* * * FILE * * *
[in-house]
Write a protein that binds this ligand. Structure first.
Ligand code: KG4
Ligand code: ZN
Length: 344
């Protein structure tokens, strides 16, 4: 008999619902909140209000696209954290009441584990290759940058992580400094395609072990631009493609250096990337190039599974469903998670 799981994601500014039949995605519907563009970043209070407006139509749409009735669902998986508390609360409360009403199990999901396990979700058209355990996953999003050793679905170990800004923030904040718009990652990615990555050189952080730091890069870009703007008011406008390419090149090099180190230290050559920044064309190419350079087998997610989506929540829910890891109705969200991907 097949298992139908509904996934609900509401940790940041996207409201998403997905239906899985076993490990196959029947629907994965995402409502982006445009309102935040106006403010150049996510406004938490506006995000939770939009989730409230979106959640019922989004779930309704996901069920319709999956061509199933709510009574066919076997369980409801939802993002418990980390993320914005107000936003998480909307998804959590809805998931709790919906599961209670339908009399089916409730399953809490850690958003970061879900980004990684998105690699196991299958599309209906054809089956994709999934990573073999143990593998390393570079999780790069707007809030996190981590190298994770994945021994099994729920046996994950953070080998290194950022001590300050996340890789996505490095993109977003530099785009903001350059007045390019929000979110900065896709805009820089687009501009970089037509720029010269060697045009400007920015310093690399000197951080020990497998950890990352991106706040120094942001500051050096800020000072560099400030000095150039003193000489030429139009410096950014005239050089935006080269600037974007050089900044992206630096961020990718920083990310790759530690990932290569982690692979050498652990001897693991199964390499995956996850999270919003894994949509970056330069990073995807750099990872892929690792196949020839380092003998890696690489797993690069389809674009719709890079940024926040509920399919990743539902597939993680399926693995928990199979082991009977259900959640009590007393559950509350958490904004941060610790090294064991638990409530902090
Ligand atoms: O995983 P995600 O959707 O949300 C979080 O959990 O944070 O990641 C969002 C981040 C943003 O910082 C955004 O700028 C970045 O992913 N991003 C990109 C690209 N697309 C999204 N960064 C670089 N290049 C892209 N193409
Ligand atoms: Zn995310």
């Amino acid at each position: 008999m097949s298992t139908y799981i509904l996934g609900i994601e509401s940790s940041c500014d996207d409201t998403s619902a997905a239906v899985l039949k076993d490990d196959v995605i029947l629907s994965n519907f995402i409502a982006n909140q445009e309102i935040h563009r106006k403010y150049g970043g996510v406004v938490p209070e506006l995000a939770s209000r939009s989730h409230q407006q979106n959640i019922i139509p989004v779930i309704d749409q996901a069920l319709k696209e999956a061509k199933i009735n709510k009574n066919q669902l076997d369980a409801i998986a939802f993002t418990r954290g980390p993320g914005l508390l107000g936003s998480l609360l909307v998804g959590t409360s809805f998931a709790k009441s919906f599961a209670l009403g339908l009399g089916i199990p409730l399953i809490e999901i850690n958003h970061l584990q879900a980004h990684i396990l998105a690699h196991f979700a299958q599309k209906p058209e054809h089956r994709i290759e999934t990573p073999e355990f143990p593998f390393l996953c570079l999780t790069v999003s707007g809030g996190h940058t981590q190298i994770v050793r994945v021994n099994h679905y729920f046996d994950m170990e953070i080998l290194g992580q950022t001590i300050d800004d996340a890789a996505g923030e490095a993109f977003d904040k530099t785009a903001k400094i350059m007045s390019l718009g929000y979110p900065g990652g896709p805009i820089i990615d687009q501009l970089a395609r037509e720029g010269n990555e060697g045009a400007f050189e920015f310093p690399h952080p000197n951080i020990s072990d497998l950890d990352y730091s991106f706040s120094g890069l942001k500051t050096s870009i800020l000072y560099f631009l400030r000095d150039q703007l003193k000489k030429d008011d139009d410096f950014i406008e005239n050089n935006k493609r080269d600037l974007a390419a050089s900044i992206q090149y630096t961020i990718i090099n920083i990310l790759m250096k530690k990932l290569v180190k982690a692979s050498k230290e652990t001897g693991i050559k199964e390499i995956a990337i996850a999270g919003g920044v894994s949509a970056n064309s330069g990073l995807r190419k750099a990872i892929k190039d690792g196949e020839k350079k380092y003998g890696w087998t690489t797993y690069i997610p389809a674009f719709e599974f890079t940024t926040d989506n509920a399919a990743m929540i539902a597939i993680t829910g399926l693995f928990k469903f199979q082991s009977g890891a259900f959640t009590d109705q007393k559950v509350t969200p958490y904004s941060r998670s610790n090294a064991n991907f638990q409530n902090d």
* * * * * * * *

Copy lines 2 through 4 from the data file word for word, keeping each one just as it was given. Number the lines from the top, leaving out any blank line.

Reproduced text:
Write a protein that binds this ligand. Structure first.
Ligand code: KG4
Ligand code: ZN